This line is sure to annoy the Brits, especially the ones with inferiority complexes. That the greatest player in England’s golf history is poking fun at the name of the only major played outside the United States will make it all the more aggravating.
Six-time major winner Nick Faldo, working this week as part of the NBC/Golf Channel crew at the 146th British Open at Royal Birkdale, a few days ago chided a questioner who referred to the oldest of the four majors as “The Open Championship.”
“ ‘The Open Championship’ is incorrect,” Faldo said, playfully. “It's now ‘The Open.’ It's gone from the ‘British Open,’ ‘The Open Championship,’ now it's just ‘The Open.’ In another five years it will be just called ‘The.’ ”
He might well be right. But there’s no debating that the television coverage has been anything but shortened, which for fans in the States willing to burn the midnight oil – if not a pot of black coffee – means a veritable bombardment of broadcasting hours.
Over the first two days of coverage at Birkdale, Golf Channel will air what, in “Court TV” terms, would be dubbed gavel-to-gavel coverage. For some of the lead jurists on the broadcast bench, that can create some hardships.
After all, veteran NBC/GC analyst Johnny Miller turned 70 in April, and because of his Mormon beliefs, doesn’t drink cola or caffeine. In order to stay frosty on the air, Miller plans to cut back the hours he’s on the air this week.
“Well, they're starting to see that my blond hair is now gray,” said Miller, who was on the air for eight hours on the weekend days when NBC took over the British Open telecast from ABC last year. “Yeah, it's getting crazy how many hours are being covered at golf championships.”
NBC/GC will televise a record 49½ hours of live tournament coverage – which doesn’t include any on-site shows such as the insightful “Live From” program – on Thursday through Sunday. For fans still grousing about the lack of broadcast hours at the Masters, where TV options are slim and slimmer by comparison, they’ll be awash in coverage, so to speak.
“It's just getting where everything is getting covered,” Miller said with a laugh. “We're going to be covering [players in] the shower. I don't know. It's just getting crazy.”
Here’s to embracing the insanity.
Beginning with coverage of the first group off the tee shortly after dawn in Southport, England (tee times: http://bit.ly/2tnMu0F), Golf Channel will air 14½ hours of coverage Thursday and Friday, starting at 1:30 a.m. ET. Fans on the West Coast reasonably could stage all-nighters during the first two rounds, because the live coverage won’t end until 4 p.m. ET.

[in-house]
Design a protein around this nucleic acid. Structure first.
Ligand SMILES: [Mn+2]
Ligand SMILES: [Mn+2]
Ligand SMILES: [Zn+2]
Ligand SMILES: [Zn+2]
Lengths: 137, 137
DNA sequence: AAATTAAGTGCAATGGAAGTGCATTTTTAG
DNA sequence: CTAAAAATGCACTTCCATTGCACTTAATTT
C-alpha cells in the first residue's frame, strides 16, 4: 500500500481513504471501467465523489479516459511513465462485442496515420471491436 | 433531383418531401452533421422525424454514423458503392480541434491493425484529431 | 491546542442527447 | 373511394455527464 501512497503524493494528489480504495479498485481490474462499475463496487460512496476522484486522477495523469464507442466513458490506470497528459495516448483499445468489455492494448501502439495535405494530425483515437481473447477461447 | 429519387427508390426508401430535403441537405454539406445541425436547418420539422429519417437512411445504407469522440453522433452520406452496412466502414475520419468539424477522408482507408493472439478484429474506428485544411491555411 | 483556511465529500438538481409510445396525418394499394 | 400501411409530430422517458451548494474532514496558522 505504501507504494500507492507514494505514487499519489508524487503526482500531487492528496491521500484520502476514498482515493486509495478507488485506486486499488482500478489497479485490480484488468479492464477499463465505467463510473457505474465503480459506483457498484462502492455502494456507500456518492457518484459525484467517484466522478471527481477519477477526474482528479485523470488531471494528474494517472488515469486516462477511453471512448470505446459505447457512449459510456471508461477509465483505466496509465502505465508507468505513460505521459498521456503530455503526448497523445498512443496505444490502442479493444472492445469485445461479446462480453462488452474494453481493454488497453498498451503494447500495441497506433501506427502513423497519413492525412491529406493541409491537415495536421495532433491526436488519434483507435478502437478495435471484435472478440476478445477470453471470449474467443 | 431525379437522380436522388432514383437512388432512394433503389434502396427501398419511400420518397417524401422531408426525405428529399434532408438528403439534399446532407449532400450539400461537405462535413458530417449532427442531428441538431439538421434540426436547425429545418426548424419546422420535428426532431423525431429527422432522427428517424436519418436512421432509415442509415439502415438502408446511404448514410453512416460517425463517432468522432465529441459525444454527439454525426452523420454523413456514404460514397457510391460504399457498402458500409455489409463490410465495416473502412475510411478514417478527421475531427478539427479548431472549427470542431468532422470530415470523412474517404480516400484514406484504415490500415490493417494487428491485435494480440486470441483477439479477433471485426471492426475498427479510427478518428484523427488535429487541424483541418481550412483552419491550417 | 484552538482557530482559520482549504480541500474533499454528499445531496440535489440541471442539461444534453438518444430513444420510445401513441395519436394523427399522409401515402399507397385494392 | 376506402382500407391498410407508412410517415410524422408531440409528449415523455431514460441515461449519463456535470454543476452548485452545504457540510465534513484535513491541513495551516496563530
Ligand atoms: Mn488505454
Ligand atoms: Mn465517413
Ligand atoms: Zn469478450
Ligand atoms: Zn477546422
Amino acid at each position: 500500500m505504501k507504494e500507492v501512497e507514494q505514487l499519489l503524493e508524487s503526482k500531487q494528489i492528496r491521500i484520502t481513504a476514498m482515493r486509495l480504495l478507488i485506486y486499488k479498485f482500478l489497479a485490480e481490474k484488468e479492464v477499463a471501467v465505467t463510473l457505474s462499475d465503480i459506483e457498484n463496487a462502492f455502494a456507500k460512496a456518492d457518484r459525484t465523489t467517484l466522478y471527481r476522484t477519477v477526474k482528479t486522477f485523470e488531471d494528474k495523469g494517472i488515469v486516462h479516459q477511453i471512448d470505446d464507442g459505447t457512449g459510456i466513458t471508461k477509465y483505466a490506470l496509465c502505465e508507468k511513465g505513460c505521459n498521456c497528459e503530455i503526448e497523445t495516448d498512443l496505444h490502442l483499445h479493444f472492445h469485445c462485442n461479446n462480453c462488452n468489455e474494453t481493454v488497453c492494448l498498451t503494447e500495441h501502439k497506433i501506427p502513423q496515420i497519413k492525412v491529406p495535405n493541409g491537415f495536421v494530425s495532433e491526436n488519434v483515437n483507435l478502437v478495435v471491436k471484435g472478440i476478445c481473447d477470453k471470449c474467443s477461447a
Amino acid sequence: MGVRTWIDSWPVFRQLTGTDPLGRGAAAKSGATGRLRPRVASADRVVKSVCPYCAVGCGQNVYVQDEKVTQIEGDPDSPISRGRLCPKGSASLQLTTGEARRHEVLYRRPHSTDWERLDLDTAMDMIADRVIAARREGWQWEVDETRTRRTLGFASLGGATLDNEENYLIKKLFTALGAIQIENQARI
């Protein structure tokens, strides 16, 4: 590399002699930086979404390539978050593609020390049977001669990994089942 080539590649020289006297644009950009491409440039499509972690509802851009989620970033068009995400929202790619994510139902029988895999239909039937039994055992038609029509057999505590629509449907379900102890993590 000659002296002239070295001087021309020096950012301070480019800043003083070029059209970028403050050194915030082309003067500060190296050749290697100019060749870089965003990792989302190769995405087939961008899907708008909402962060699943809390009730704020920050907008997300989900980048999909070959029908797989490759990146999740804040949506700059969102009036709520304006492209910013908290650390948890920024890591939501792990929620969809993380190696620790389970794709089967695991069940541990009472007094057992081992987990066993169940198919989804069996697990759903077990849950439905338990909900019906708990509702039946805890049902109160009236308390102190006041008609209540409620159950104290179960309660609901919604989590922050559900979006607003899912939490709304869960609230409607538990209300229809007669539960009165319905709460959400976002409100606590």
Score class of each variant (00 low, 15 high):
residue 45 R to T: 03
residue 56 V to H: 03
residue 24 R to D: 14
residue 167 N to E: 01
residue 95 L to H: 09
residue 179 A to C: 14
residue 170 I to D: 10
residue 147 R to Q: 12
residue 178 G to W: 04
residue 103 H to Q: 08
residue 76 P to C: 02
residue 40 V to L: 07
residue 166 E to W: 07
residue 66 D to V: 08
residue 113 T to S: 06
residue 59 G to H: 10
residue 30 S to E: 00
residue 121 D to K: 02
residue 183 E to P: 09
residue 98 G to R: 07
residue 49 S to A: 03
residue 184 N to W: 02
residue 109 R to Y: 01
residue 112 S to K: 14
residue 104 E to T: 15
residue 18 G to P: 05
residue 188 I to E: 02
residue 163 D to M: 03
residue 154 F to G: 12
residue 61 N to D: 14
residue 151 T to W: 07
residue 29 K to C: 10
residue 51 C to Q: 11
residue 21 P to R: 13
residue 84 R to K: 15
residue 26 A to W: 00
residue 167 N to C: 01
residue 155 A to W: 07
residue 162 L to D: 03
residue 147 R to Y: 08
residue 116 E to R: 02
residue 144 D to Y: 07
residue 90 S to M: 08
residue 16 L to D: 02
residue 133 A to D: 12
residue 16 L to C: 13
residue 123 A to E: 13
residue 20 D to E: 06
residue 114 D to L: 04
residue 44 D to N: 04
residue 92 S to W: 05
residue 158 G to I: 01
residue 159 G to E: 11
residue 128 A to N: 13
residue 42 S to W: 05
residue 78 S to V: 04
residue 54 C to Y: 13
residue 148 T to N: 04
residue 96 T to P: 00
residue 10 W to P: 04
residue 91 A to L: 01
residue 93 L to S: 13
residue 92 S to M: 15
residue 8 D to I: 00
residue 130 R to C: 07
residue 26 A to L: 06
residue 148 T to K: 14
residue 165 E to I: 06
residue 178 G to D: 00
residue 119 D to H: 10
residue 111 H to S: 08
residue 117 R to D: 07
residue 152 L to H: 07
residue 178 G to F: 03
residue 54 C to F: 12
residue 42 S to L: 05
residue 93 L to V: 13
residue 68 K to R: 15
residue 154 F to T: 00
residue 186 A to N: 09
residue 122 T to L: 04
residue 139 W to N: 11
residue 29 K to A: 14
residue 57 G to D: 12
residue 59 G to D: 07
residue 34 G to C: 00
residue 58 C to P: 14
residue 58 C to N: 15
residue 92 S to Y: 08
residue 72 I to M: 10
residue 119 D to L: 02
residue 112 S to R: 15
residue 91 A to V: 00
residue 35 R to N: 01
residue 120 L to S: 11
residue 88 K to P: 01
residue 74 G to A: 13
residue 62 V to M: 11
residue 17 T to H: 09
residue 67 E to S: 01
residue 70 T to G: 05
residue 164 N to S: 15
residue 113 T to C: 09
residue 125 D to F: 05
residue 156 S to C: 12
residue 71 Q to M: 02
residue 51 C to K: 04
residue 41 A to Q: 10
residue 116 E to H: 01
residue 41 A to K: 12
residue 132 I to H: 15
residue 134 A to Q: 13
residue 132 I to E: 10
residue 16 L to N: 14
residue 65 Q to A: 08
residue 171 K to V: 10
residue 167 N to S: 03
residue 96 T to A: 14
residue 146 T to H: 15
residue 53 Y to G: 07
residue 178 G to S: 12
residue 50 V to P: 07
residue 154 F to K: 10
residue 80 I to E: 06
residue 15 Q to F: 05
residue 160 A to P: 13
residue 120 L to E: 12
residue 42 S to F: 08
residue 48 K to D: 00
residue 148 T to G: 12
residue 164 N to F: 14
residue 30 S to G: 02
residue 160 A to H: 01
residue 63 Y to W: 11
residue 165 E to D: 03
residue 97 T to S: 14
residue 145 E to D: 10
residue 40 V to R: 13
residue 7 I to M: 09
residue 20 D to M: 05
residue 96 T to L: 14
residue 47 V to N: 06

You like “Breakfast at Wimbledon”? Here’s to breakfast, lunch and dinner at Southport. Miller and Faldo will handle the majority of the analysis chores, with Iron Mike Tirico as the primary host. They will work in tag-team shifts. Otherwise, they’d get punchy, Miller said. Faldo, who turned 60 on Tuesday, isn’t as young as he used to be, either.
“When you're on 12 hours and all they talk about is the one mistake – you think you wouldn't make a mistake in 12 hours of coverage?” Miller said, laughing.
Fox host Joe Buck, who misidentified the name of winner Brooks Koepka’s girlfriend during the final moments of the U.S. Open last month and was savaged for it, certainly would not argue.
“So, there's pressure there,” Miller said of the marathon sessions. “You've got to keep your wits about you, and you've got to be careful what you say nowadays a bit.
“Not that I'm very careful. Sometimes I cross the line. I'm always near the line.”
On Saturday, Golf Channel will handle coverage from 4 a.m. to 7 a.m. ET before NBC takes over from 7 a.m. to 3 p.m. ET. On Sunday, Golf Channel broadcasts from 4 a.m. to 7 a.m. before NBC finishes off the final hours of the whirlwind week.
With Tirico dealing the cards for the 21st consecutive year at the British Open, spanning his earlier days at ESPN/ABC, the crew also will include past event winners David Duval, Mark O’Meara and Justin Leonard. Add anchormen Miller and Faldo and that’s seven Claret Jugs among them.
They’ll parcel off the day in sections, because divide and conquer might be the only way to survive the long days.
“Johnny is doing an afternoon segment, while I go off and do my afternoon tea,” Faldo said. “I'll take it to 9, which is past my bedtime, and I'll crawl home and start again.”
So will many of the American viewers, albeit in reverse. But for the broadcaster and golf fans, it’s worth the extra effort at the majors.
“When it's good golf, when it's a championship like that, I'm quite happy sitting up there, gassing away,” Faldo said.